Sleep is imperative for a healthy immune system for a number of reasons. While you sleep, your immune system is at work and produces something known as anti-inflammatory cytokines. These are little immune cell messengers that move around to sights of inflammation and infection in the body. Knowing that chronic inflammation in the body can lead to a number of chronic illnesses, it’s no wonder why getting enough sleep is important to combat the chronic inflammation our bodies are often subjected to due to a number of lifestyle and environmental factors.

On the other hand, when you lack regular sleep, your body is more likely to produce cytokines that are pro-inflammatory, contributing to chronic inflammation in our bodies that sleep is supposed to help neutralize.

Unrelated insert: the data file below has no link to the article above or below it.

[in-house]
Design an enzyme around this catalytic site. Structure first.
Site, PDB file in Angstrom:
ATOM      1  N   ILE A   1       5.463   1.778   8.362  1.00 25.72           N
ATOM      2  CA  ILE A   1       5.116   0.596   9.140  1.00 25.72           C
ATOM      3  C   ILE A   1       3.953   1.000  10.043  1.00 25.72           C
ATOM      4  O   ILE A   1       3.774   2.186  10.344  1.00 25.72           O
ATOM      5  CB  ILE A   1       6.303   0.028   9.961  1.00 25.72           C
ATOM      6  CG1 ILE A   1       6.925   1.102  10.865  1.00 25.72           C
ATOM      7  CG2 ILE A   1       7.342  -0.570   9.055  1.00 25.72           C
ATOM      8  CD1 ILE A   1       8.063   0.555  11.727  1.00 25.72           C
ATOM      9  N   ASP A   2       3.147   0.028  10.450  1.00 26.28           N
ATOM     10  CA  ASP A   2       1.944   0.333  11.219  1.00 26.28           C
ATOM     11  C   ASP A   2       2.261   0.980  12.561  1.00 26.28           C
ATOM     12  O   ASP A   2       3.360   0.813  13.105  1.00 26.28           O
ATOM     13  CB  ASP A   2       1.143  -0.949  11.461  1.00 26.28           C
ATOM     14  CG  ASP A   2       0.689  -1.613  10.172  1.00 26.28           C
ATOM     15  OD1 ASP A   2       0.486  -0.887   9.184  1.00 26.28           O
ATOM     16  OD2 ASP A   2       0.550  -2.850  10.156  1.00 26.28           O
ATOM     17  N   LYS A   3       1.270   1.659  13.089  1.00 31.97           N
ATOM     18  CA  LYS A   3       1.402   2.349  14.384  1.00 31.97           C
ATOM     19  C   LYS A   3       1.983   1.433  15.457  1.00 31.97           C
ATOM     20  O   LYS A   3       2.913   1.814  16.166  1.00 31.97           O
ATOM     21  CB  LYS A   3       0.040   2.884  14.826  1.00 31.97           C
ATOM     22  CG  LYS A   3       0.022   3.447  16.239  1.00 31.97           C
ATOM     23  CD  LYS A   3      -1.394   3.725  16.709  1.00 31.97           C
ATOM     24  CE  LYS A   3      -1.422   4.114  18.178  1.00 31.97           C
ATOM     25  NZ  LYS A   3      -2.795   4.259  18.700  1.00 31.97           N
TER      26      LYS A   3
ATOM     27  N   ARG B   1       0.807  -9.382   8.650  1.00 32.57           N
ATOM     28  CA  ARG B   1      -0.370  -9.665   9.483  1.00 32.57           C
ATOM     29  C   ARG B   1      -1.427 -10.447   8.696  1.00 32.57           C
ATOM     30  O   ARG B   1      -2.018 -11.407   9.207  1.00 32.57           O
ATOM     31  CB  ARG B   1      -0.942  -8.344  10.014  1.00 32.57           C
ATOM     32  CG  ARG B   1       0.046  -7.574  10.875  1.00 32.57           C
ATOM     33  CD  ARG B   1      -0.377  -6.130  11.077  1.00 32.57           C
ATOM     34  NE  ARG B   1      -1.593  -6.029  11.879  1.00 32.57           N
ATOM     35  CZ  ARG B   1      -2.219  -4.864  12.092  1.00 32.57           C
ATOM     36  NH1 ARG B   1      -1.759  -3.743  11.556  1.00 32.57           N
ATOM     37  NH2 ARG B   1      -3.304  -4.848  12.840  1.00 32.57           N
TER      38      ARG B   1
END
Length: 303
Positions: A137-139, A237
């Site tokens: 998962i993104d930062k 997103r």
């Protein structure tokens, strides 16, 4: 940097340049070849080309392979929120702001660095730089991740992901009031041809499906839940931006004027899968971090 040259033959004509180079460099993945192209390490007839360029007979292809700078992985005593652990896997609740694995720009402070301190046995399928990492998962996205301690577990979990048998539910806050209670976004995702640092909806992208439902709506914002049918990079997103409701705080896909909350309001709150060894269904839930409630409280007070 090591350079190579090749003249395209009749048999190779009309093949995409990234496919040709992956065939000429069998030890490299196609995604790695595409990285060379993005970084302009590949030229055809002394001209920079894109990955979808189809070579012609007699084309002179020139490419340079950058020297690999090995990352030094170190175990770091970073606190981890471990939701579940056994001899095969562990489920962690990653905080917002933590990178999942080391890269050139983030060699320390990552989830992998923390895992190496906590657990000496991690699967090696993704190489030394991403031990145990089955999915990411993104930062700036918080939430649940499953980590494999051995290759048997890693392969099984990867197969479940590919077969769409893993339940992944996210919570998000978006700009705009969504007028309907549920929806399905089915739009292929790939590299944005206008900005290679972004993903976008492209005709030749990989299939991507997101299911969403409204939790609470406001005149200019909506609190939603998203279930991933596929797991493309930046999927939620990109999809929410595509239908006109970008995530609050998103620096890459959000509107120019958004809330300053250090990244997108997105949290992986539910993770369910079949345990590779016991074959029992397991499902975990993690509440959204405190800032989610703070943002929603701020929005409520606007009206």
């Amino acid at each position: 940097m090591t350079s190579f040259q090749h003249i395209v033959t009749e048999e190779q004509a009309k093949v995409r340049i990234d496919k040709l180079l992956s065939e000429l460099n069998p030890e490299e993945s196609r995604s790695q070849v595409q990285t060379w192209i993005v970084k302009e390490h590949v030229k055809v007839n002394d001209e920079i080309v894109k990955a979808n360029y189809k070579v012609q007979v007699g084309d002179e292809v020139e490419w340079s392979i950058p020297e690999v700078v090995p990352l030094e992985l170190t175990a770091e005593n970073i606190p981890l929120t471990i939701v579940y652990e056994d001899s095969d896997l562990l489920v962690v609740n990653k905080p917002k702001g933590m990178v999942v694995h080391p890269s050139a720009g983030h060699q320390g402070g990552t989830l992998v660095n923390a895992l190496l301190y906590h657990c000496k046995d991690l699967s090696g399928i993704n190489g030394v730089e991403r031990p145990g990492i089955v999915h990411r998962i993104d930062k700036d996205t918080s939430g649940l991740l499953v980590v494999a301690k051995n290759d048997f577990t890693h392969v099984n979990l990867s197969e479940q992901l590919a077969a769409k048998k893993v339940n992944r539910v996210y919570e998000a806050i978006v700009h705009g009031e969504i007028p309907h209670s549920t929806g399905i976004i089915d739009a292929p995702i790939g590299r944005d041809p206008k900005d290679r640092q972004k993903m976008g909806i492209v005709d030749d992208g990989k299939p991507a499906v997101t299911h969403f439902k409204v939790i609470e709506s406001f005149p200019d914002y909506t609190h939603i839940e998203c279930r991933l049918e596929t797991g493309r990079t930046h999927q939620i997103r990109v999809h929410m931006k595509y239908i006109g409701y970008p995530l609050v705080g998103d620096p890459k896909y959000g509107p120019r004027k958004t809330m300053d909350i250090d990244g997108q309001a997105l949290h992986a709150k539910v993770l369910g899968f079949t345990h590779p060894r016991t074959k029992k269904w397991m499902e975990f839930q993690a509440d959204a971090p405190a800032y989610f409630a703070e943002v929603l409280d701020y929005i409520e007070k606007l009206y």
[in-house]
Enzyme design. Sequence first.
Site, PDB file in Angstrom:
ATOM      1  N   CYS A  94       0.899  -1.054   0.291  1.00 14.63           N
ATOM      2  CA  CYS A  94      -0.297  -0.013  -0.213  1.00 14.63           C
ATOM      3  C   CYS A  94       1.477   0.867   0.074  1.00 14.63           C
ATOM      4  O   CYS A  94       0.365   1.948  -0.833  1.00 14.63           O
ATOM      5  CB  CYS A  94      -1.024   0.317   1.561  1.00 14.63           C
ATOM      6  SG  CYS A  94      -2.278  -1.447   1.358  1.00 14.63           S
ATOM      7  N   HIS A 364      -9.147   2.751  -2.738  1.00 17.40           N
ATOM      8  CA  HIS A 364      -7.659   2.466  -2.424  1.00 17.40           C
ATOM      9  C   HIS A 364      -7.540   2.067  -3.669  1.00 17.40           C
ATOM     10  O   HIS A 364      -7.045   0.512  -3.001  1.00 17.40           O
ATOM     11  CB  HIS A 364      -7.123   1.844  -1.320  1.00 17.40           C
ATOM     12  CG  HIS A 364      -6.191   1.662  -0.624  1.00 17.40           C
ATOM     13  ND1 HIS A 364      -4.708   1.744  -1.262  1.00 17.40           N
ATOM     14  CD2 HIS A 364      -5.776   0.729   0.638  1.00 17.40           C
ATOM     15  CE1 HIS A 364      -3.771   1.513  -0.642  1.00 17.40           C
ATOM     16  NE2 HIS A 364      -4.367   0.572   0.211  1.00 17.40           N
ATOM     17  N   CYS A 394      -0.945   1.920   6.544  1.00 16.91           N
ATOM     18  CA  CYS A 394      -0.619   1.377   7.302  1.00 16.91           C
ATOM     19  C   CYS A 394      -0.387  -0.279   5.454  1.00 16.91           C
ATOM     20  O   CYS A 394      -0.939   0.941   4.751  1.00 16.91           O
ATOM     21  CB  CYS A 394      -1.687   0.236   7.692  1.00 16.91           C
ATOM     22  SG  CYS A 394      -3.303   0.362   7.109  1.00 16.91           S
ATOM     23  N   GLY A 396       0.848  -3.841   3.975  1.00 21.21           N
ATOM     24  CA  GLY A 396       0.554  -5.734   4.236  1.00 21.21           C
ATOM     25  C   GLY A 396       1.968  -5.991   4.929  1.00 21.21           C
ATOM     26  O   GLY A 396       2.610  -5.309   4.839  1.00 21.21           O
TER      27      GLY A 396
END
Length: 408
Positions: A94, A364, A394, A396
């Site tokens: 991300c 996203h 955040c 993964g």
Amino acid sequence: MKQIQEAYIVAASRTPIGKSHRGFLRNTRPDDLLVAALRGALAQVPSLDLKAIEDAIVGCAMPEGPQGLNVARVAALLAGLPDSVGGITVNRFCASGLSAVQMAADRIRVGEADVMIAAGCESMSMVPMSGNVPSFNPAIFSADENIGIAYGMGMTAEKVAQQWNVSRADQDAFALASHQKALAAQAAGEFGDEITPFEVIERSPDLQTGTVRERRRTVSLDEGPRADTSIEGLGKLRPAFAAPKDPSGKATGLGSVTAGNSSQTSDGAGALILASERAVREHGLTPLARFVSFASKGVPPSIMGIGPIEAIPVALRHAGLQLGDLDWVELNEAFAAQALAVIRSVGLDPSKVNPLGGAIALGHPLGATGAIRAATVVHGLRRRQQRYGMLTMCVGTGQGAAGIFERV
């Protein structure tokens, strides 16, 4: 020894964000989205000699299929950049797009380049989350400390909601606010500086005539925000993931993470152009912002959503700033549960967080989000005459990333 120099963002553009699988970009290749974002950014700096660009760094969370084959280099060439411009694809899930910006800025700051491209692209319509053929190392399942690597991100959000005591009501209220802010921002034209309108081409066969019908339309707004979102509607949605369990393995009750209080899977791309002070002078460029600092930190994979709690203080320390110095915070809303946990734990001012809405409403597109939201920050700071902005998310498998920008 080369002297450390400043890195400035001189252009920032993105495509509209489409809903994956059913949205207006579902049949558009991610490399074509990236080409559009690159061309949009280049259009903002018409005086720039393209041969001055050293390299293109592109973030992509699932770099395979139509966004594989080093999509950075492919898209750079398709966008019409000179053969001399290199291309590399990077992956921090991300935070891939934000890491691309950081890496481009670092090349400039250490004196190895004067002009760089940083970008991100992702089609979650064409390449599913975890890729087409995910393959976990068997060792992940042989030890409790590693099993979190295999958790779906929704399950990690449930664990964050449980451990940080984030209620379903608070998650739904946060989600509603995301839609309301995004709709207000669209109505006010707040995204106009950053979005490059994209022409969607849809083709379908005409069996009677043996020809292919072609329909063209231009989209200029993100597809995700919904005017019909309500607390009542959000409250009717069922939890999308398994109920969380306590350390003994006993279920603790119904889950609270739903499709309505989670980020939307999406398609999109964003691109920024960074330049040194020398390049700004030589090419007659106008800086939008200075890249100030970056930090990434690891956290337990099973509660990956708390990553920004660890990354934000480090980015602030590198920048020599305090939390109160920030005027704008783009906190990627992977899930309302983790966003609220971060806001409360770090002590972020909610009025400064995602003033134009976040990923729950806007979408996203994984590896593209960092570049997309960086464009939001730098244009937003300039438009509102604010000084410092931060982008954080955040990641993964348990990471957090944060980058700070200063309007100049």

With that said, it’s safe to say that sleep is a crucial part of the immune system at work, trying to fight off whatever infection and inflammation it can, since often chronic inflammation is something we all deal with in some shape or form. In addition to supporting immune function through the production of cytokines, there are also studies that support the notion that sleep enhances the immune system memory, meaning longer, deeper sleep allows for the immune system to react to infections it has previously encountered.

If you’re constantly lacking sleep, this puts you at risk of re-developing that particular infection because your immune memory is stifled.

As previously mentioned above, sleep is also important for your recovery from the energy you used throughout the day. When you’re awake, most of your energy is being used by the brain and muscles to support your ability to function throughout the day (walking, talking, etc).